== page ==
Brimstone is a thinly veiled feminist parable that’s really an overlong, tedious, sadomasochistic western drama because of a relentlessly dour script that revels in violence with numbing fixation.
Wrongly accused of a crime she didn’t commit, a frontier woman (Dakota Fanning) turned fugitive is hunted by a vengeful preacher (Guy Pearce) in the menacing inferno of the old American West.
Natalie Portman attempted to deliver a female led western drama in Jane Got a Gun but production troubles took its toll on the movie. Brimstone attempts to tell a similar tale – the opening credits speak with a voice from a yet to be named character foretelling the story of a fighter.
The movie begins with an intriguing premise. The production design sets the story in a period accurate backdrop of the 19th century western frontier when men’s main trade where mining gold while women’s most popular occupation is a sex worker. Panoramic cinematography captures the beautiful wide open spaces as well as deliver stark visuals to set the bleak tone of the movie.
The opening act alone already sets expectations – a mysterious man simply named Reverend makes an ominous sermon about pain, punishment, and hell while a mute woman named Liz trembles in church.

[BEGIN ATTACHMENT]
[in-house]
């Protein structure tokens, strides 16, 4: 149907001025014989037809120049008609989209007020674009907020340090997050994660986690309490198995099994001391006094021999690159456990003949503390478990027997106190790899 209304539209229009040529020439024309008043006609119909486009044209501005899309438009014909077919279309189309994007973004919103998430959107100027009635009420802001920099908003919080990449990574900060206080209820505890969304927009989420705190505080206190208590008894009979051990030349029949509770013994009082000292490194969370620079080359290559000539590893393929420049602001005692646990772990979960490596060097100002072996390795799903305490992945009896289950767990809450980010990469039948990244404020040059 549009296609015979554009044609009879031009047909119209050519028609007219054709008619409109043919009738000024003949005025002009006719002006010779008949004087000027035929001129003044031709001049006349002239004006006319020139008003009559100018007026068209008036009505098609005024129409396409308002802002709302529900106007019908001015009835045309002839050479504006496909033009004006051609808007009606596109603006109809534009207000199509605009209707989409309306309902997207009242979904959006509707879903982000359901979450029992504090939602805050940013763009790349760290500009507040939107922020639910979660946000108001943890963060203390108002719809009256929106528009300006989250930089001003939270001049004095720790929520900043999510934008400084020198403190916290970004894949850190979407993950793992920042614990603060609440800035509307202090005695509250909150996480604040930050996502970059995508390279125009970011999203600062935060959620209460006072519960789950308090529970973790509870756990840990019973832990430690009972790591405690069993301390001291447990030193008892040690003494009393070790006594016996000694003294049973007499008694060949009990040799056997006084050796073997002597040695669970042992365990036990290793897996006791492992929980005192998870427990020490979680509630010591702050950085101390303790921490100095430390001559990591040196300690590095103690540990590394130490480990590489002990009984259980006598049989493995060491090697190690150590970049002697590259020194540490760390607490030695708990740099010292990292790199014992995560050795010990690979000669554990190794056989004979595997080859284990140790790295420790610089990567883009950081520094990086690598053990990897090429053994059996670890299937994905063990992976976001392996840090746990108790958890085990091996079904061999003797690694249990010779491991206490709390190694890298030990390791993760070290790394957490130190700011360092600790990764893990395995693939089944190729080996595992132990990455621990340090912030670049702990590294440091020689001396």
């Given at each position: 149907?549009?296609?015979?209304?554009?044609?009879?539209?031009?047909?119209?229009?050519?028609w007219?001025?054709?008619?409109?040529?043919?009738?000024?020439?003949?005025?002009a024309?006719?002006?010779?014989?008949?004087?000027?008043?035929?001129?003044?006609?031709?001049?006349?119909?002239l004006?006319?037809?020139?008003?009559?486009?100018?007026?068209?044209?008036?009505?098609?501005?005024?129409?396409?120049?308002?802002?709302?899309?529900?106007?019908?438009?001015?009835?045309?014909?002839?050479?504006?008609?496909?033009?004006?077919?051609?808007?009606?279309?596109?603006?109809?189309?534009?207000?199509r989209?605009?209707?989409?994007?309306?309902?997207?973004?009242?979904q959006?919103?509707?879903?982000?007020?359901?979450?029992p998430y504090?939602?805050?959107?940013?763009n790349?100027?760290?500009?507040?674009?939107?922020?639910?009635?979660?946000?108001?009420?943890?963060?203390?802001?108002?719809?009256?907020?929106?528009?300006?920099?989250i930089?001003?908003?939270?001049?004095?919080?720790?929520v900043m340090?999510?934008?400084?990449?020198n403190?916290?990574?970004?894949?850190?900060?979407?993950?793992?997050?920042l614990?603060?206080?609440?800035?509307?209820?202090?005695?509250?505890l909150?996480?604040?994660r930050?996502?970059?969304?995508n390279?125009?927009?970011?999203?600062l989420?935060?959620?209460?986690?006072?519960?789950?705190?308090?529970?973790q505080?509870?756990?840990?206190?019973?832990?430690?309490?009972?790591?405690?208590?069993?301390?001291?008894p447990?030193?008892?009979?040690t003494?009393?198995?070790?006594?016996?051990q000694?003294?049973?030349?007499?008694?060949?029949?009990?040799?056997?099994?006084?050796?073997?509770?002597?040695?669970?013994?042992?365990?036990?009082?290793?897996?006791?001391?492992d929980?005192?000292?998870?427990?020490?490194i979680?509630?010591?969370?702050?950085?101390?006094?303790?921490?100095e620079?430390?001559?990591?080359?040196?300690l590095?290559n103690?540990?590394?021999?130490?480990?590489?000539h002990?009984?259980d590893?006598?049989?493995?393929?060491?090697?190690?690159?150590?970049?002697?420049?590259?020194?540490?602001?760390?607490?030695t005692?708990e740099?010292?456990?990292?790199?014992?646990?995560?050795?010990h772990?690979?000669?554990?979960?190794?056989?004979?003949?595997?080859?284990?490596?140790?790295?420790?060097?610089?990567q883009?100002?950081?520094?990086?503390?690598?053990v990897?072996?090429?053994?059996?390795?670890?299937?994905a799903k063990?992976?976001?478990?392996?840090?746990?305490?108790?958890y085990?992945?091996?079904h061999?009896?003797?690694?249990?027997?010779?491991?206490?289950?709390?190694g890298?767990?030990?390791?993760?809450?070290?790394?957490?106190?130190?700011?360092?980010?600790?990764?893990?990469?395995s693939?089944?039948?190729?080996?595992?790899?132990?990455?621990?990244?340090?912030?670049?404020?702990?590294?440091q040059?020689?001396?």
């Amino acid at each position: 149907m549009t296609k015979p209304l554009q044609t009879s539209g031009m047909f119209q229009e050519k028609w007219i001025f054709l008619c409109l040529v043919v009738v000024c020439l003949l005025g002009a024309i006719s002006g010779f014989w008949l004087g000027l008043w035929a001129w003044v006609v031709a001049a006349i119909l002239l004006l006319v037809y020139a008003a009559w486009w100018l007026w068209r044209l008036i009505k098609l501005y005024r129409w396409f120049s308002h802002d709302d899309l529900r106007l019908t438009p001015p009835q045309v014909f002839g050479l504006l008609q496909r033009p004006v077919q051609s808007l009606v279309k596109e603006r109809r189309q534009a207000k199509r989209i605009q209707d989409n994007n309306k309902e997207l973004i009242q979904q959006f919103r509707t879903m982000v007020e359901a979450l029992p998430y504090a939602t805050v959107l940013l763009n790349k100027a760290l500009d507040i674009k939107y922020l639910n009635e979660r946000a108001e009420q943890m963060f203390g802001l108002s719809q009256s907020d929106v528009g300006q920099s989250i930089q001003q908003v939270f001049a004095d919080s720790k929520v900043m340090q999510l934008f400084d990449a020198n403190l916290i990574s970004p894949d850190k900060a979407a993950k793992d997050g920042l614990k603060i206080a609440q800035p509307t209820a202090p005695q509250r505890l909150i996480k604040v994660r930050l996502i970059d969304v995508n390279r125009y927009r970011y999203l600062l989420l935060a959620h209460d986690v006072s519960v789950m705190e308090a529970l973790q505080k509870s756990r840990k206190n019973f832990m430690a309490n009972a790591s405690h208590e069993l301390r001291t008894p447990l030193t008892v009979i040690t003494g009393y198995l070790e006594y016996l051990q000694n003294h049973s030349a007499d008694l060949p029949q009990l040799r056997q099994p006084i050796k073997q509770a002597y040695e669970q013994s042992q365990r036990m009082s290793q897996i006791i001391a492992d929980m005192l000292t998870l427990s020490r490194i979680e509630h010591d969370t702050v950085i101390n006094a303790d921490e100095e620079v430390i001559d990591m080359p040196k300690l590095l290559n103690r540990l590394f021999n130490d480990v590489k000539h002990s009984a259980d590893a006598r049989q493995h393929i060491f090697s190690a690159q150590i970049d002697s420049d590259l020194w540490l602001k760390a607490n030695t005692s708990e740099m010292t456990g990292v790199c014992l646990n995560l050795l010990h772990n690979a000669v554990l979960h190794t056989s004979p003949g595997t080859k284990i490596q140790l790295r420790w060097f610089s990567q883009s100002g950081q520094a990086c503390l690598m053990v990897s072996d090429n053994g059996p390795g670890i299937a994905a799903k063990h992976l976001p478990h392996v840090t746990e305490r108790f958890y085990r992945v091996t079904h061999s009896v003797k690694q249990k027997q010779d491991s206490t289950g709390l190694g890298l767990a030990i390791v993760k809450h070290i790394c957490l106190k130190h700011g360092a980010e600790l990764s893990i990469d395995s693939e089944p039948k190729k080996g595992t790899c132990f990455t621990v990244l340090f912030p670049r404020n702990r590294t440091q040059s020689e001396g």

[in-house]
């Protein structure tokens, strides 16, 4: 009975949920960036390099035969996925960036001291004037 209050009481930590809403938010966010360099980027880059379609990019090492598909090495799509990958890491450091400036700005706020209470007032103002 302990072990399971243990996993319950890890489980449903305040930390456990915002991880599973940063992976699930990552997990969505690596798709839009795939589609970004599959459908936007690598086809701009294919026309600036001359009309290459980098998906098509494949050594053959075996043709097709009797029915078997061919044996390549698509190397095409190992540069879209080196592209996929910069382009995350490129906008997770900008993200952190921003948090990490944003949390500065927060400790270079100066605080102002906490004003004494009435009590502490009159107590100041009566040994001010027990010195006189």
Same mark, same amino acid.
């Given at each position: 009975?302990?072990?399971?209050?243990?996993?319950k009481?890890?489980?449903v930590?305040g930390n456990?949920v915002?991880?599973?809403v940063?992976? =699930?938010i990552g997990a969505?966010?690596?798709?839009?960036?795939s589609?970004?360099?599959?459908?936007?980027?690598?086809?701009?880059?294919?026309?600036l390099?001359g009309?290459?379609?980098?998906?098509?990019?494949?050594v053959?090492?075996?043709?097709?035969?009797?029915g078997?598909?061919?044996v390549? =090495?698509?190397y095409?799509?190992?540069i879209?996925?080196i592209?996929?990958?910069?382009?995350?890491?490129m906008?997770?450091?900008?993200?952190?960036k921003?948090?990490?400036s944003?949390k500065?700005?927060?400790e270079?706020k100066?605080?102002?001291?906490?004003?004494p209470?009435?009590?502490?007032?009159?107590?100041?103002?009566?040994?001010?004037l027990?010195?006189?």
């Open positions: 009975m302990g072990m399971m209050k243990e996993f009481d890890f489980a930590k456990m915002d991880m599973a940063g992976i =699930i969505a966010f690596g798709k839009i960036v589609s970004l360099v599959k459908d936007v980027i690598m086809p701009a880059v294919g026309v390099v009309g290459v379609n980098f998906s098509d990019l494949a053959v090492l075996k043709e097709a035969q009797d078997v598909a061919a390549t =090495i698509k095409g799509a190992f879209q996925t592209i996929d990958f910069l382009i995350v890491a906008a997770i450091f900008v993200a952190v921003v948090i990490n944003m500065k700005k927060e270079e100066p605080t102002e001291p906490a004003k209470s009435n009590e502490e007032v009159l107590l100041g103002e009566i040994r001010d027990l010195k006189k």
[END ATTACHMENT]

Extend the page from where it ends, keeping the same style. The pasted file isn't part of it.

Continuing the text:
The talented cast of characters pull you in with great performances, notably Guy Pearce as the bible thumping sadistic preacher and Dakota Fanning as the hapless woman trying to escape his cruelty.
Just by those descriptions alone, you may already have a sense of where the story is going. And unfortunately, as pretty and promising as this movie may seem, it gets worse for both the viewers and its characters. Brimstone’s feminist slant is just a thin veil over a sadomasochistic western horror movie that amounts to nothing.
Told in chapters that could rival the nihilistic fest in Game of Thrones (Kit Harrington and Carice Van Houten make an appearance), the movie immerses into a variety of violence including rape, murder, domestic abuse, child prostitution, body mutilation, and old fashion whipping.
The gruesome – at times contrived and illogical – scenes eventually become tedious and wear you down. Liz never catches a break that just as a sliver of hope appears it is quickly replaced by something awful. Even when she manages to find a man who treats her like a human being, his son is there always ready to scorn her borrowed existence. She’s merely swept in the plain cruelty of her time in one chapter to another while the body count piles on around her. Also, she’s being hounded by a villain of pure evil with supernatural abilities of stealth.
After more than an hour of this blood and gore spectacle, you’re given an unsatisfying too little too late pay off. Brimstone wants to tell you that incest is evil and hell is a place on earth but delivers atrocious acts with numbing fixation that its message is lost.
Brimstone is ambitious but its heavy-handed approach overshadows whatever redeeming qualities it has, resulting into a movie that’s a test of endurance rather than a tale of survival. It’s marketed as a feminist movie, but in reality its just misery porn revolving around a woman.
My Rating: 4/10